Teaching ‘Tron’ and guarding ‘Pirates’? Brand consistency in transmedia age

Feb. 15, 2011 | 11:20 a.m.

Ben Fritz covers the business of show business for the Los Angeles Times; here’s his latest — a report on a consultant team that helps studios keep their flagship brands on a consistent course…

pirates Teaching Tron and guarding Pirates? Brand consistency in transmedia age

"Pirates of the Caribbean: On Stranger Tides" (Disney)

With their mania for film franchises, leading studios are behaving more like packaged goods marketers than the showmen of yore in pumping out movies, and appear more interested in taking direction from fanboys, brand managers and multimedia consultants.

pirates of the caribbean video game Teaching Tron and guarding Pirates? Brand consistency in transmedia age So the time appears ripe for consultants such as Jeff Gomez and Mark Pensavalle, co-founders of Starlight Runner Entertainment. Their job: To make sure that stories and characters remain consistent as a movie is reincarnated as, say, a TV series, a video game, a theme park attraction or an online virtual world.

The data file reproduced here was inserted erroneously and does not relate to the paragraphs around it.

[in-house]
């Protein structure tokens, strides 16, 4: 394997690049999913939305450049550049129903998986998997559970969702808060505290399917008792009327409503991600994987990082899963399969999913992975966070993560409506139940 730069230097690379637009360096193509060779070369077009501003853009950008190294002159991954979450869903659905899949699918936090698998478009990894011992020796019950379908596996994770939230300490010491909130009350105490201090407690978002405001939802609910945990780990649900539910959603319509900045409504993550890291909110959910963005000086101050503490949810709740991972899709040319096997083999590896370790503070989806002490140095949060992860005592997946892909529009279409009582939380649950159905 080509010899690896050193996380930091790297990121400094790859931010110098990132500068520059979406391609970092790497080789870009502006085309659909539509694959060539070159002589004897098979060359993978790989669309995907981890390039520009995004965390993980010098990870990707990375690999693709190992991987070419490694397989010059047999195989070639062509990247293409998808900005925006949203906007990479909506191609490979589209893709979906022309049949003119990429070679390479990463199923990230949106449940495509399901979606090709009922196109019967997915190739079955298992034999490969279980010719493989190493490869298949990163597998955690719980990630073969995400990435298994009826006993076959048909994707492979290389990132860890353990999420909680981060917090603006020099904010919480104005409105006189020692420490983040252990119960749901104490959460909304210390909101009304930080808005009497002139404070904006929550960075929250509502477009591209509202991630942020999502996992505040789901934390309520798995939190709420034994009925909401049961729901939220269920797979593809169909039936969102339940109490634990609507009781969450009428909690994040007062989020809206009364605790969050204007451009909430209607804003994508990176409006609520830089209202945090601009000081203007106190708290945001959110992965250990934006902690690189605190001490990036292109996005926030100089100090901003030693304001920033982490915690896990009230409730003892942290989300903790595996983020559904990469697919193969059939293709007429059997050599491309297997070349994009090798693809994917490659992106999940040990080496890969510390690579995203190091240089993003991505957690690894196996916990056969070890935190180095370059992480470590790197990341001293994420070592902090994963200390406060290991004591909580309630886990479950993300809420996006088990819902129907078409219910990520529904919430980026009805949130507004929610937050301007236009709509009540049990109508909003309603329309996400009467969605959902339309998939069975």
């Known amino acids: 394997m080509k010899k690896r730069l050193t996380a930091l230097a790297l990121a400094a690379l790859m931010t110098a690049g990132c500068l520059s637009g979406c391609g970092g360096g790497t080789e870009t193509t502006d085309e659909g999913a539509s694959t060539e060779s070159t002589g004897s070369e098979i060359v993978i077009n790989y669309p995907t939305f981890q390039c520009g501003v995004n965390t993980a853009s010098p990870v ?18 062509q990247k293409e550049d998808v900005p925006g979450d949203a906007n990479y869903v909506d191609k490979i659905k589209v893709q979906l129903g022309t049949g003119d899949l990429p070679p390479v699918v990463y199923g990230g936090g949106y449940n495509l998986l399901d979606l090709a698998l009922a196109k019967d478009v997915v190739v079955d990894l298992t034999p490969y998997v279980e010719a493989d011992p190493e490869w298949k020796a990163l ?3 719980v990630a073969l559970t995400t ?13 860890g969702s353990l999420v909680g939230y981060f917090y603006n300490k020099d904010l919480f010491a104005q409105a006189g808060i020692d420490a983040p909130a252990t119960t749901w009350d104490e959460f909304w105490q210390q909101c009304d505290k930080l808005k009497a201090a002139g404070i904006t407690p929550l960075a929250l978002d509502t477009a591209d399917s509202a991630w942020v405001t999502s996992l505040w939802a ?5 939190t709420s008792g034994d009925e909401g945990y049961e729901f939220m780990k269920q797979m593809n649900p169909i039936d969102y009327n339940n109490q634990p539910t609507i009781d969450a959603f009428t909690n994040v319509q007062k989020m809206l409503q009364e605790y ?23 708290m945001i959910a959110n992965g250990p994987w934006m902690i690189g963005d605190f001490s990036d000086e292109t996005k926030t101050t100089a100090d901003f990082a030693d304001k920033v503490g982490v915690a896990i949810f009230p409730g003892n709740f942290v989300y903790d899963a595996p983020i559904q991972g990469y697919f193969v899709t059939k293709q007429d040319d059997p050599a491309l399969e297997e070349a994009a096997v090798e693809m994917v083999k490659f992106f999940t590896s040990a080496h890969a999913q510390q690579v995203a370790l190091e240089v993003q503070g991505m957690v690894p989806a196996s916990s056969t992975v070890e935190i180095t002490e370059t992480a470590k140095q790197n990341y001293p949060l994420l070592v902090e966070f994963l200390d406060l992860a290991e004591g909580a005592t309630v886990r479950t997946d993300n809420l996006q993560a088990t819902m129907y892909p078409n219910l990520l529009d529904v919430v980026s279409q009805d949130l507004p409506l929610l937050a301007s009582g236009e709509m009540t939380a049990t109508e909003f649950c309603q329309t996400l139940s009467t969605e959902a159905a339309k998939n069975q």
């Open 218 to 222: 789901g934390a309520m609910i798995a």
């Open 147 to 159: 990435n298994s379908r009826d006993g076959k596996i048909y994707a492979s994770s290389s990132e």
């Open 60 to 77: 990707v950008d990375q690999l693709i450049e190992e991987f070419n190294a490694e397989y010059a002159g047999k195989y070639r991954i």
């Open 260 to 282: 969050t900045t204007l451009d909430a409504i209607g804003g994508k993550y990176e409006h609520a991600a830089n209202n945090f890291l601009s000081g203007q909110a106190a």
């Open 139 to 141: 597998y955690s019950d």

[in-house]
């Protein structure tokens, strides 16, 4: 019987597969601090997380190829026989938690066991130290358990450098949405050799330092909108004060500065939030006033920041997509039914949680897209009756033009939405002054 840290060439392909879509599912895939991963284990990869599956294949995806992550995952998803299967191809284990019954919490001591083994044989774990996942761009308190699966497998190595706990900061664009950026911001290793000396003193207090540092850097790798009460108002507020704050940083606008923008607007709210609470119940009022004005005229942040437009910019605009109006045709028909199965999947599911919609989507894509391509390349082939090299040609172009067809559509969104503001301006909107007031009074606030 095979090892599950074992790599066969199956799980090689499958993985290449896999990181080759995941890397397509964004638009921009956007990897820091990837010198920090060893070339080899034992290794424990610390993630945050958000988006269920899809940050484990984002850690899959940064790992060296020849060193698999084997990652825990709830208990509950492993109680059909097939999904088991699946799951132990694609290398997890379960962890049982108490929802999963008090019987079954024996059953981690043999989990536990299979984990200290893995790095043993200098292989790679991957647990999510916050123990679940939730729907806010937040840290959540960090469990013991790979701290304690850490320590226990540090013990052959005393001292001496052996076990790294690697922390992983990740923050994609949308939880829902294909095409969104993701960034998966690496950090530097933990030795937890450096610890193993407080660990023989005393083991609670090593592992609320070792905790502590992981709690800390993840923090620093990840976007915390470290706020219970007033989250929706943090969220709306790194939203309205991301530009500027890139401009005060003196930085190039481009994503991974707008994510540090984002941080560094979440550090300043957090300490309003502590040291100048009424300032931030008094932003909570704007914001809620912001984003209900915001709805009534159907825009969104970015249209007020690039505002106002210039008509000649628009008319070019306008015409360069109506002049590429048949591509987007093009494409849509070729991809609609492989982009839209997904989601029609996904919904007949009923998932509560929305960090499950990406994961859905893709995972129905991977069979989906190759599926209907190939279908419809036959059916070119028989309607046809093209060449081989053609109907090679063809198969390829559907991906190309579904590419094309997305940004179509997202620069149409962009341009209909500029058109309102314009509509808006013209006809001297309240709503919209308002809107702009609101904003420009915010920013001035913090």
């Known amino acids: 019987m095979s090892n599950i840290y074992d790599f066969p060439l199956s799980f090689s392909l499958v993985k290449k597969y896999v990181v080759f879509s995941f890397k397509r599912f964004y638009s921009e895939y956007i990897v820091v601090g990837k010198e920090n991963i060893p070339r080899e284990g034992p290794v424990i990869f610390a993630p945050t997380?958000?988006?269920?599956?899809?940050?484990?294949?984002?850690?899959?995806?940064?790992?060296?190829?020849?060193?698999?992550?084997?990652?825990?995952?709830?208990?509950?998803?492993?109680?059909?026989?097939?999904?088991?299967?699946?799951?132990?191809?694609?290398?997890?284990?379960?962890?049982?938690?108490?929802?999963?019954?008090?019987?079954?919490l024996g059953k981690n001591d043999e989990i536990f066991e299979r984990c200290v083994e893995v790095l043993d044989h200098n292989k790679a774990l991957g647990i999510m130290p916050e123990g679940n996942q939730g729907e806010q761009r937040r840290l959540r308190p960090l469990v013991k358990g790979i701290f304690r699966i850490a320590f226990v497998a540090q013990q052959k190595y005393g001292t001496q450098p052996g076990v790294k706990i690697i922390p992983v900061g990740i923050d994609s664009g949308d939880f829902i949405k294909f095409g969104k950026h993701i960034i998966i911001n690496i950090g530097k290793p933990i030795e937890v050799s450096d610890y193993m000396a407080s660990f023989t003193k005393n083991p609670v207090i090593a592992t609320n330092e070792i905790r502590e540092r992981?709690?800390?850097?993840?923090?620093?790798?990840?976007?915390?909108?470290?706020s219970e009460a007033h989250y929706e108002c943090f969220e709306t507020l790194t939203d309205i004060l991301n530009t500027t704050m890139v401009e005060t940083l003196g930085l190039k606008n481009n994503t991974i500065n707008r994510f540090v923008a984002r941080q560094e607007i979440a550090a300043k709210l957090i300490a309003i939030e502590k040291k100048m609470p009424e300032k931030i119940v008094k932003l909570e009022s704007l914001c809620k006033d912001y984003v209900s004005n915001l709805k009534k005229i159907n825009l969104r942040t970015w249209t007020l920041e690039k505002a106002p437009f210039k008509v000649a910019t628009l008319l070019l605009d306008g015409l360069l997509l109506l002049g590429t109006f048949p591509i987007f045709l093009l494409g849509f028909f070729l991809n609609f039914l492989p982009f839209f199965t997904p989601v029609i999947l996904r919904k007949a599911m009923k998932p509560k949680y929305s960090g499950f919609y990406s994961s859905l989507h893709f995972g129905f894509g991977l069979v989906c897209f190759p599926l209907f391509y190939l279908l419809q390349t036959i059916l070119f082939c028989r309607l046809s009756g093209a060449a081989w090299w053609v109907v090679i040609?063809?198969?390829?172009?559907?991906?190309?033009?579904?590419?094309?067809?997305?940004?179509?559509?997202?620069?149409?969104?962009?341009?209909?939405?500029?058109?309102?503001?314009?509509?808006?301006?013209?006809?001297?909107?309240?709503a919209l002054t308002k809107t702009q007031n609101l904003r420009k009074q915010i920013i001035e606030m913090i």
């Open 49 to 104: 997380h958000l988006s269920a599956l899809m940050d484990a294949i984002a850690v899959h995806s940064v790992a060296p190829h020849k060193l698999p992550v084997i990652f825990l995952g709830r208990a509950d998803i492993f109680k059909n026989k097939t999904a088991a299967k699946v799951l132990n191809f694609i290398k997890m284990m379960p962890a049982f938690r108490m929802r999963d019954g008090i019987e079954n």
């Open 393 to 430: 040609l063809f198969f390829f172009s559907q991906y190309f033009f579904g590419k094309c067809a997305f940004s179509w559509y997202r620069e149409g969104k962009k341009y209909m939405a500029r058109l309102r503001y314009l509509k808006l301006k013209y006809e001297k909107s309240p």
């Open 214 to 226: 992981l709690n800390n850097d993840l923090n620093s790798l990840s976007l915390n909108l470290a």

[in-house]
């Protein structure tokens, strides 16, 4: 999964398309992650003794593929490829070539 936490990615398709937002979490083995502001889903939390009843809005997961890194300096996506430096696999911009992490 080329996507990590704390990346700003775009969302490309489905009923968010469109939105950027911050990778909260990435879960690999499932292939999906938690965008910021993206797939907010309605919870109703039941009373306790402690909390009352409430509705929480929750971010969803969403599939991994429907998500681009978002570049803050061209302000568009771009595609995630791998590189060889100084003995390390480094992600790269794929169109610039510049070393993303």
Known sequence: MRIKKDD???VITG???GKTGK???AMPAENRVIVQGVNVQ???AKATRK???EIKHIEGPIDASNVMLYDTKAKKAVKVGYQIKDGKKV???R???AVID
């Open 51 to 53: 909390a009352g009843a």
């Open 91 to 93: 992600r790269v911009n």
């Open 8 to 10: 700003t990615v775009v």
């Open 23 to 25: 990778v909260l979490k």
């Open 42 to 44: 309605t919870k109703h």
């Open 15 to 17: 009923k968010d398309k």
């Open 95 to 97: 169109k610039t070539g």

Their specialty is called transmedia, a term with roots in academia that has become the latest buzzword for entertainment that spans multiple media platforms. Gomez and Pensavalle have worked on some of the industry’s highest-profile properties, including the movies “Tron: Legacy” and “Avatar” and the video game Halo.

“We think we have shown that different media are like instruments, and when you put them together, you can create moving symphonies,” said Gomez, who oversees the creative aspects while Pensavalle focuses on the business side.

Spinoff entertainment from movies isn’t new in Hollywood. Even “Lassie” was treated to endless sequels by MGM in the 1940s before being turned into a live show on the fair circuit, a radio series, a network TV series, a cable TV series, books, comics and a merchandizing bonanza that included a line of dog food.

In the past, such renditions and products were typically considered ancillary, to be licensed to the highest bidder. As a result, video games, comics, websites and movies would vary in the complexity of their storytelling, if they didn’t outright contradict what came before. But fans today, who can stay involved with stories and characters around the clock thanks to the Internet and mobile devices, are more sophisticated and less tolerant when it comes to deviations from the script…


— Ben Fritz


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